Over four million employees, many in construction, are injured in work accidents each year in the United States. Construction workers may soon face a dynamic training program, designed just for them. The University of Exeter is working on virtual reality training technology to reduce construction accidents. Safety training plays a key role in reducing workplace injuries. One study demonstrated that training programs that include engaging, real-world situations are most effective at reducing on-the-job accidents. Virtual reality may be just what is needed.
Construction Dangers and Virtual Reality Training
Construction is dangerous work. Construction workers must climb ladders, navigate scaffolds, and balance beams at deadly heights while working with power tools and other complex equipment. External forces such as wind, co-workers, moving equipment, and more further add to the dangers. Little wonder then that roughly one out of every ten construction workers are injured each year. OSHA records a dozen work-related fatalities every day, many in construction.
Cineon Productions, which operates from Exeter University in the UK, has teamed up with nuclear energy experts and Dr. Sam Vine to develop specialized virtual reality safety training. The goal is to create an interactive training system that teaches users how to prevent common on-the-job accidents while providing feedback for future modules. By monitoring both eye activity and physiological responses, the system should help researchers better understand why people make the choices they do in pressure situations.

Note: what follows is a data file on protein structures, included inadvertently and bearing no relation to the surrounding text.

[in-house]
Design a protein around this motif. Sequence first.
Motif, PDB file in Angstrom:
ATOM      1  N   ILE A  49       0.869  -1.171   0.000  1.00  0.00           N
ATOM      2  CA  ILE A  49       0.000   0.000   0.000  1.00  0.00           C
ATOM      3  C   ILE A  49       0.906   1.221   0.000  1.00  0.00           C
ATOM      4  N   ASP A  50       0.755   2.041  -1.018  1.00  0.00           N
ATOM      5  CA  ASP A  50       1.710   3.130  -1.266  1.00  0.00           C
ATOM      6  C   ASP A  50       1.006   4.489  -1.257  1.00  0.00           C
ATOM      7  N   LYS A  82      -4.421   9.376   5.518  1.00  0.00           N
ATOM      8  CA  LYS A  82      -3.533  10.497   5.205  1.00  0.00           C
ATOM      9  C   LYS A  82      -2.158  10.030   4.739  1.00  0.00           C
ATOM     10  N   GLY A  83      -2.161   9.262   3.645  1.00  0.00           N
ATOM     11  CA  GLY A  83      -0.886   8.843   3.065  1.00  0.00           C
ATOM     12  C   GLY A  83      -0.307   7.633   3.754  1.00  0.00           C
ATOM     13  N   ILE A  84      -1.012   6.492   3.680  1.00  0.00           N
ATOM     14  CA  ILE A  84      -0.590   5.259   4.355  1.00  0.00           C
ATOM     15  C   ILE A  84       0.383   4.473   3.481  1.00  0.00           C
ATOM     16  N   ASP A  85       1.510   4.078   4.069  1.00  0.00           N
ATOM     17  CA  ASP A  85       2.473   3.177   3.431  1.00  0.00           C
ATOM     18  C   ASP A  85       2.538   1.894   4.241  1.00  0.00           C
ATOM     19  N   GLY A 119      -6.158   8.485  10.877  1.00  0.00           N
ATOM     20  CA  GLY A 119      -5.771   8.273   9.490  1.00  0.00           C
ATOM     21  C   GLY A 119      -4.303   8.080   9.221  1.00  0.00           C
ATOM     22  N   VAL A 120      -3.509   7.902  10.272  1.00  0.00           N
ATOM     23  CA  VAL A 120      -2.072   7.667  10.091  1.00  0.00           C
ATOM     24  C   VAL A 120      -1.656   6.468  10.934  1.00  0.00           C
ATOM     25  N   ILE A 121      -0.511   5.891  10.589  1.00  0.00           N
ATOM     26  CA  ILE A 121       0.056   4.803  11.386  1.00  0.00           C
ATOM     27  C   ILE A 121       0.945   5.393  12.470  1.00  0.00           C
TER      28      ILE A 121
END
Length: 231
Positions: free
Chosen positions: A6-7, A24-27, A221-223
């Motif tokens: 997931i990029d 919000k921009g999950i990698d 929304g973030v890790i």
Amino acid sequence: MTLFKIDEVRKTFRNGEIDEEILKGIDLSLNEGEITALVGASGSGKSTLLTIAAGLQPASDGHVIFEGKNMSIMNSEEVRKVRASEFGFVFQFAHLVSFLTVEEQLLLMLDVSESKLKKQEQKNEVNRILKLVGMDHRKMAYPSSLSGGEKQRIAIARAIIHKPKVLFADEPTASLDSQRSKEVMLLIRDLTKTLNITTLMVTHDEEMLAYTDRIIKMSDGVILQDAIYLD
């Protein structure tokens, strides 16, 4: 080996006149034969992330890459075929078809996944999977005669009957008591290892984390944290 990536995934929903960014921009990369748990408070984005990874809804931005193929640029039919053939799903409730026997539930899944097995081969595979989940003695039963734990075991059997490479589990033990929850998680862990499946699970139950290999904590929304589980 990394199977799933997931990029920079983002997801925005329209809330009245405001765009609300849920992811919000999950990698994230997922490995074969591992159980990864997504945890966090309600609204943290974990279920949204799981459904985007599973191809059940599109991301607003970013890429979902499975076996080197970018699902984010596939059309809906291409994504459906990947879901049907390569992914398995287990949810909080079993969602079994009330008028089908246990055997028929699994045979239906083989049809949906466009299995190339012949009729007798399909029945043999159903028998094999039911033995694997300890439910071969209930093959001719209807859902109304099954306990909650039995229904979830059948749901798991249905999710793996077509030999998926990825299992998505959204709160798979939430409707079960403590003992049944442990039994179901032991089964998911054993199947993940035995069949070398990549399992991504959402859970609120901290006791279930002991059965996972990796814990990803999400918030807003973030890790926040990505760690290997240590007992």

Because no training system can account for every possible hazard a worker may encounter, this interactive system can help train workers to make better choices regardless of the situation.
The background for this research and technology has been in the works for the past decade and has involved training for surgeons, military personnel, and avionics. By creating a virtual reality 3-D system combining both real-world scenarios with the psychology of learning, Dr. Vine and his team expect to revolutionize safety training for countless fields, including construction and mining.
Virtual reality training for construction workers has promise and will likely be very helpful in protecting employees from on-the-job hazards. Yet it does nothing to help workers and families already harmed by hazardous conditions and negligence. OSHA has found that on-the-job safety is not accomplished by individuals, but by teams. Everyone from upper management to the newly hired construction hand must actively participate in and be committed to job safety programs.
Philadelphia Construction Accident Lawyers at DiTomaso Law Help Victims of Workplace Accidents Recover Compensation
For more than 25 years, the Philadelphia construction accident lawyers at DiTomaso Law have been fighting for workers hurt by companies seeking to protect their bottom line at the cost of employee safety. Virtual reality safety training may yet be decades in the future, but if you need help now, we will fight to make sure you get the compensation you deserve. We help clients in Philadelphia and throughout South Jersey. To arrange a free consultation, contact us online or call now 856-414-0010.